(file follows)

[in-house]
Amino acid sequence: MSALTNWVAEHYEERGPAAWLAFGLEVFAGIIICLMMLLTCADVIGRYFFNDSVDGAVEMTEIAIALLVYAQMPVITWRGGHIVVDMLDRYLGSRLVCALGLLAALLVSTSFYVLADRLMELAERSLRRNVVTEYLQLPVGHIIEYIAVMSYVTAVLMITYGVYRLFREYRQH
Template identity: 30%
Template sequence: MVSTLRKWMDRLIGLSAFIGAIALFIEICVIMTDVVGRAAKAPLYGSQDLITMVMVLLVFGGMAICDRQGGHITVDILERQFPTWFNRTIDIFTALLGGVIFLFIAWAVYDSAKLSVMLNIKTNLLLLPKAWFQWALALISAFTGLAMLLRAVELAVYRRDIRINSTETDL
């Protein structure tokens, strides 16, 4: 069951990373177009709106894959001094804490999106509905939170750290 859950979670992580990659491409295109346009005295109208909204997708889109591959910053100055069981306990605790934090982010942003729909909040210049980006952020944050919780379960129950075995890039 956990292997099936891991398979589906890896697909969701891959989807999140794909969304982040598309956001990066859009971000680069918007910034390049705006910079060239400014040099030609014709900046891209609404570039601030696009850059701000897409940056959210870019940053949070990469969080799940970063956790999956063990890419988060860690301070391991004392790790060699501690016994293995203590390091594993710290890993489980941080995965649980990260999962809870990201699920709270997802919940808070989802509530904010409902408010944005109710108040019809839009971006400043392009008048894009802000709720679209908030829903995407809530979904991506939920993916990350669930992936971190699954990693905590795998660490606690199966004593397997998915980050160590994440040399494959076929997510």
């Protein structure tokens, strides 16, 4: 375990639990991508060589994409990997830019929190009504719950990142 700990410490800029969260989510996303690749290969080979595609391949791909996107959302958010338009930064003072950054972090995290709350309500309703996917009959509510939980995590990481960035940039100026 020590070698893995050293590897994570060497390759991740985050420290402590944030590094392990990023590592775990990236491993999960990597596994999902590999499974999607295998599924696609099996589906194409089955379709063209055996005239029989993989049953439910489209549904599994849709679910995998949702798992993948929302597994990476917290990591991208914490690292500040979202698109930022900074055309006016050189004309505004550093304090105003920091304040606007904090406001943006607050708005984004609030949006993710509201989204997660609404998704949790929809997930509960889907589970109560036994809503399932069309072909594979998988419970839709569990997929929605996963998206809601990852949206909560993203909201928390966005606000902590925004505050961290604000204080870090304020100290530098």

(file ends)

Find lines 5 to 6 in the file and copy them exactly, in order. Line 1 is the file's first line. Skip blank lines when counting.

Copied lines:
């Protein structure tokens, strides 16, 4: 069951990373177009709106894959001094804490999106509905939170750290 859950979670992580990659491409295109346009005295109208909204997708889109591959910053100055069981306990605790934090982010942003729909909040210049980006952020944050919780379960129950075995890039 956990292997099936891991398979589906890896697909969701891959989807999140794909969304982040598309956001990066859009971000680069918007910034390049705006910079060239400014040099030609014709900046891209609404570039601030696009850059701000897409940056959210870019940053949070990469969080799940970063956790999956063990890419988060860690301070391991004392790790060699501690016994293995203590390091594993710290890993489980941080995965649980990260999962809870990201699920709270997802919940808070989802509530904010409902408010944005109710108040019809839009971006400043392009008048894009802000709720679209908030829903995407809530979904991506939920993916990350669930992936971190699954990693905590795998660490606690199966004593397997998915980050160590994440040399494959076929997510």
């Protein structure tokens, strides 16, 4: 375990639990991508060589994409990997830019929190009504719950990142 700990410490800029969260989510996303690749290969080979595609391949791909996107959302958010338009930064003072950054972090995290709350309500309703996917009959509510939980995590990481960035940039100026 020590070698893995050293590897994570060497390759991740985050420290402590944030590094392990990023590592775990990236491993999960990597596994999902590999499974999607295998599924696609099996589906194409089955379709063209055996005239029989993989049953439910489209549904599994849709679910995998949702798992993948929302597994990476917290990591991208914490690292500040979202698109930022900074055309006016050189004309505004550093304090105003920091304040606007904090406001943006607050708005984004609030949006993710509201989204997660609404998704949790929809997930509960889907589970109560036994809503399932069309072909594979998988419970839709569990997929929605996963998206809601990852949206909560993203909201928390966005606000902590925004505050961290604000204080870090304020100290530098």